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Jan 5 2012   7:00AM GMT

Designing a provider IT infrastructure for better, affordable care

Posted by: Jenny Laurello
Affordable Care Act, Infrastructure, PPACA, Technology infrastructure

Guest post by: David T. Smith, Senior Director of Product Management, McKesson Health Solutions

With the passing of the Patient Protection and Affordable Care Act of 2010 (PPACA), an estimated 32 million more individuals will require access to health care services. To meet the needs of a rapidly expanding pool of members with unique needs, health plans are exploring innovative health care products, alternative care delivery models and new reimbursement designs.

Health plans need to innovate in all of these areas, and they must do so in a carefully yet coordinated manner. Innovation requires more than simply breaking down the barriers that exist between different system and data silos, and more than just eliminating paper-based exchanges between different parts of the organization. Health plans need to step back and look at the technical interplay of all products, networks, delivery models and reimbursement systems as a single, integrated entity. Indeed, a single, integrated entity is what a health plan needs to become to enable greater access to higher quality care at a lower cost.

Design for Care

So, how do you become this single, integrated entity? Today, let’s start with the fundamental issues such as data and provider networks. In subsequent articles, we’ll extend this discussion to talk about provider contracting and reimbursement.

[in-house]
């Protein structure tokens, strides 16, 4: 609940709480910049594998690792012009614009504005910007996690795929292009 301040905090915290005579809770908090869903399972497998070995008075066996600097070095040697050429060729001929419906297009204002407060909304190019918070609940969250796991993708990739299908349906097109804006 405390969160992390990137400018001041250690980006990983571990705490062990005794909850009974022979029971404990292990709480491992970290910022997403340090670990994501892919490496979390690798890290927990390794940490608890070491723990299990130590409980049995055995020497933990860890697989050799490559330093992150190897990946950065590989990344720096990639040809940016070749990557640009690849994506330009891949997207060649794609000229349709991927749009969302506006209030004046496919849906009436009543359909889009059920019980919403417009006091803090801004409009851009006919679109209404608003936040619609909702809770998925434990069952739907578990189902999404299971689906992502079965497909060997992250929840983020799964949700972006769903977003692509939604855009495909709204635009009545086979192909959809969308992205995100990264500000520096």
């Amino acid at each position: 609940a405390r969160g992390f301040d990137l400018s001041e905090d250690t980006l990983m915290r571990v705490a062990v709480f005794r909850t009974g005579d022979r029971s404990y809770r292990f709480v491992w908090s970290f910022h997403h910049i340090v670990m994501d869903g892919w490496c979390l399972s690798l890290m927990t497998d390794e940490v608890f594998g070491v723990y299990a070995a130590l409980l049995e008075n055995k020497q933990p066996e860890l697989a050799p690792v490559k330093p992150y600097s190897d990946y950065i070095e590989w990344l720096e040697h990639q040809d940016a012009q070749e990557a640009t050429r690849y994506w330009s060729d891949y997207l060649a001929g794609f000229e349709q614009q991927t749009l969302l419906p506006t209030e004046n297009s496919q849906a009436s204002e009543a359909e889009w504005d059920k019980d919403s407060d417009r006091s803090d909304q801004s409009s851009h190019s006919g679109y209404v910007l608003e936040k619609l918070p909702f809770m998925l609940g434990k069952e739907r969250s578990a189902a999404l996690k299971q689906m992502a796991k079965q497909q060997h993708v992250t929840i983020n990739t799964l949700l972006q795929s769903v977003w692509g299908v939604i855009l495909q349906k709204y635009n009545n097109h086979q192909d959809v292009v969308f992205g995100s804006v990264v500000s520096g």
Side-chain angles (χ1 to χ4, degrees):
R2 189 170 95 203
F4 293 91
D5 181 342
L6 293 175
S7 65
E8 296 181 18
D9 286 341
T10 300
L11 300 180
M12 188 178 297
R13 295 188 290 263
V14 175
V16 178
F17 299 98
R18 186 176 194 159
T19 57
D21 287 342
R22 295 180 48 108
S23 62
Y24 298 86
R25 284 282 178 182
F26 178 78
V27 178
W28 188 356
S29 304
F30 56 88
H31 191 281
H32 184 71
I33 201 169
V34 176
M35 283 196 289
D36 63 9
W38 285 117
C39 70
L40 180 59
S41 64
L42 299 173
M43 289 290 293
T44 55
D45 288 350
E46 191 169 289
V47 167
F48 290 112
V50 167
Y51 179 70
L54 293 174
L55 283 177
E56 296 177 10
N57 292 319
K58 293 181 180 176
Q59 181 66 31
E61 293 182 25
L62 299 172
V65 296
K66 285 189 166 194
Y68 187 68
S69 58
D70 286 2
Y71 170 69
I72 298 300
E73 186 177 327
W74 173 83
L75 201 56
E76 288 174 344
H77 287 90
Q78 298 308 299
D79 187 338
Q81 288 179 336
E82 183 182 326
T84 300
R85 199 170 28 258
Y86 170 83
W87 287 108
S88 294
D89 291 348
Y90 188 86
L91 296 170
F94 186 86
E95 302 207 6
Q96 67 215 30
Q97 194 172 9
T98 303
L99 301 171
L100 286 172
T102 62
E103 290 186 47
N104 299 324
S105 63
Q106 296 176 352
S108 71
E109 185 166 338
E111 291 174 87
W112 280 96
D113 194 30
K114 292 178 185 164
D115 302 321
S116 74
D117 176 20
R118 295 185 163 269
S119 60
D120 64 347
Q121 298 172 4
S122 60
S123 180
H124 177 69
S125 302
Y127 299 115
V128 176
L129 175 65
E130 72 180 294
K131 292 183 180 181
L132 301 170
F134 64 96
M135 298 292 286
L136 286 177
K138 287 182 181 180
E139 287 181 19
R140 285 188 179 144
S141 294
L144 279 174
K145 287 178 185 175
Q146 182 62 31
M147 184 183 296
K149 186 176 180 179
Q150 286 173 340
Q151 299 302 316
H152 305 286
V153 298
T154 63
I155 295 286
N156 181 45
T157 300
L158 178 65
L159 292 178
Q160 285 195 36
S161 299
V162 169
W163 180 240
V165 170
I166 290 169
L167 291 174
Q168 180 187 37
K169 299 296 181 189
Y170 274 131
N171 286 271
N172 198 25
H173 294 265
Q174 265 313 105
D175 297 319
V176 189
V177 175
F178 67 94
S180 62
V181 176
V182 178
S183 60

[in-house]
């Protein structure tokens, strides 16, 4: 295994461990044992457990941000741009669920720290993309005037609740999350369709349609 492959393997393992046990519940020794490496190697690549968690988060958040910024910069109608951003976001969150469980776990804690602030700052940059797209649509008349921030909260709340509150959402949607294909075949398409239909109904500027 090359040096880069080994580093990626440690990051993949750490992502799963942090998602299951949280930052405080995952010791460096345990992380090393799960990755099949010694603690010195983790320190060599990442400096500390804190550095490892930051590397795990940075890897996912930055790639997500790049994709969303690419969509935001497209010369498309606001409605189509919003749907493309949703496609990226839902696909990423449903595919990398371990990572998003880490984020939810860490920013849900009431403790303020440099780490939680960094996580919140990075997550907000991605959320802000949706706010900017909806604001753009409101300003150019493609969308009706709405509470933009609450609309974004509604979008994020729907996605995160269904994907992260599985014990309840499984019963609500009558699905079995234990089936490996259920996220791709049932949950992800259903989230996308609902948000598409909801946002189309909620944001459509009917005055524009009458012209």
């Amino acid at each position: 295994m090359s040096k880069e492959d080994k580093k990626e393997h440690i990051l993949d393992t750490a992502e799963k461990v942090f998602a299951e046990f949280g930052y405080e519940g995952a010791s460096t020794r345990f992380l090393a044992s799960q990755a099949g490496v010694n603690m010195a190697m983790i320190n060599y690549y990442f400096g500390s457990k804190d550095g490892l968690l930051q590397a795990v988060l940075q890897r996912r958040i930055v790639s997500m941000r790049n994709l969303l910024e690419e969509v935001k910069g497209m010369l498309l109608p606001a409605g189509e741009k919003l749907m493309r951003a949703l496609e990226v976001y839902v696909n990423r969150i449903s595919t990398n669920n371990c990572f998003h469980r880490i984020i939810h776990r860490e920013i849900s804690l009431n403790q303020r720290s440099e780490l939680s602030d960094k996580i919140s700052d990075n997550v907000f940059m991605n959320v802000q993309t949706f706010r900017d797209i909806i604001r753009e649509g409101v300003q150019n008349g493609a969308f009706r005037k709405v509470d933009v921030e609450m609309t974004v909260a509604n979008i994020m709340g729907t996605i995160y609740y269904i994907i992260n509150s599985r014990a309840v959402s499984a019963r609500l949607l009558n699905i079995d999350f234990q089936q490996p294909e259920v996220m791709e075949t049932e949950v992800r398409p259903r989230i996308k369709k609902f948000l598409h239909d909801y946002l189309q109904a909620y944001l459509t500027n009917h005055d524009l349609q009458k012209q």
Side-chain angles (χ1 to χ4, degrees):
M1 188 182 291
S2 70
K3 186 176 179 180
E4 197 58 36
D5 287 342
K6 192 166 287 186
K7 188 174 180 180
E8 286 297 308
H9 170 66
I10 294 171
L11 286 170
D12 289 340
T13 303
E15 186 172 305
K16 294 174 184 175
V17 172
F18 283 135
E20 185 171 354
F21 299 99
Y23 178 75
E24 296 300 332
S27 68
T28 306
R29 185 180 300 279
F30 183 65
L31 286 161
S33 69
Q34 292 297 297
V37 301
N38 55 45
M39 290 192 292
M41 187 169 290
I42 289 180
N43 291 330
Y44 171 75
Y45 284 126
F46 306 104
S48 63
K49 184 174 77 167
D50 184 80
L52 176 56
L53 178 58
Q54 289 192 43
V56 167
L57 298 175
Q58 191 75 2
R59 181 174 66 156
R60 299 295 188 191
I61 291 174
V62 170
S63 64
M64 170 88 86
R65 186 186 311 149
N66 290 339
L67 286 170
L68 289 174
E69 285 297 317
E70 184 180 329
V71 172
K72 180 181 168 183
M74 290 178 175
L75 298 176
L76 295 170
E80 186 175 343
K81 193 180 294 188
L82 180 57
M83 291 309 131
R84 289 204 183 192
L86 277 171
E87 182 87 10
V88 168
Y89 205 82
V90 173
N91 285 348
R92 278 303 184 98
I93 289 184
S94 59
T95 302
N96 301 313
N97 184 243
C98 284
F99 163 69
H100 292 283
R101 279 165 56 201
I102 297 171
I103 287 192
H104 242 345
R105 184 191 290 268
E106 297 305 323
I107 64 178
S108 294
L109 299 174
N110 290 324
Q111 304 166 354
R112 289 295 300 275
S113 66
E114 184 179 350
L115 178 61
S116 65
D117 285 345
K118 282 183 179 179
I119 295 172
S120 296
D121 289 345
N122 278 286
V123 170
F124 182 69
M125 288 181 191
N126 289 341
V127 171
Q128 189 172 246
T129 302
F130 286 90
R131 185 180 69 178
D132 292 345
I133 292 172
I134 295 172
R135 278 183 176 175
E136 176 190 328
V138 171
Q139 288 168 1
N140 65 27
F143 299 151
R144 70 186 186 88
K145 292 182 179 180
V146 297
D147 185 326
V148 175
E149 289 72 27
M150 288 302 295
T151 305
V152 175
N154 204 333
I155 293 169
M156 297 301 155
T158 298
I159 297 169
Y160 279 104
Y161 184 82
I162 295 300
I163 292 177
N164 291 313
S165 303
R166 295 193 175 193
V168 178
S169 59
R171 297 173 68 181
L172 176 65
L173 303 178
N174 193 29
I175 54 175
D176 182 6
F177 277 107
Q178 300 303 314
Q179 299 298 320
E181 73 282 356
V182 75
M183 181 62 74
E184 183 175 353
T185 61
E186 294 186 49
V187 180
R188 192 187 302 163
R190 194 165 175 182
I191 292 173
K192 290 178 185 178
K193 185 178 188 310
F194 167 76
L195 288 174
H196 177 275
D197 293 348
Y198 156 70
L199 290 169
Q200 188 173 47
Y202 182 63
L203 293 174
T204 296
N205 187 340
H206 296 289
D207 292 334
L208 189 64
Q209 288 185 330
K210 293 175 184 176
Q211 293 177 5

Technically, a fundamental step is to establish a single source of enterprise truth for your provider/practitioner data. This single source of truth must have a relational information model that enables the storage of a wide range of relevant information: provider demographics, provider affiliations, identifiers (e.g., legacy identifiers, NPIs, crosswalk rules), contractual relationships, product information and more. Additionally, this system should leverage rules-driven workflows to enforce data governance policies during the intake process and while ongoing maintenance activity occurs over the data’s lifetime.

A frequent mistake is the reliance on a legacy claims system to capture and maintain this information. These systems were not designed to maintain a 360-degree view of your providers/practitioners, and the customization required to make them do so is costly. Once you have data you can work with, you can begin to create optimized networks. The more data you have to work with, the more distinct networks you can create. The ability to create these highly tailored networks is critical because they will become the core building blocks for creating unique value to each one of your customer segments.

Consider the following: In the Network Performance Management group (formerly Portico Systems) at McKesson Health Solutions, we have developed a solution that a payer can use to automatically create networks – for example, narrow, specialty care, client-specific, disease-specific – virtually any kind of network you can imagine. A payer can create a description of the character of a given network, using both implicit and explicit criteria such as geography, specialties, provider types, quality indicators, contractual relationships and contract owner. After building this criteria-based expression, the network management system automatically designs the network based on the criteria.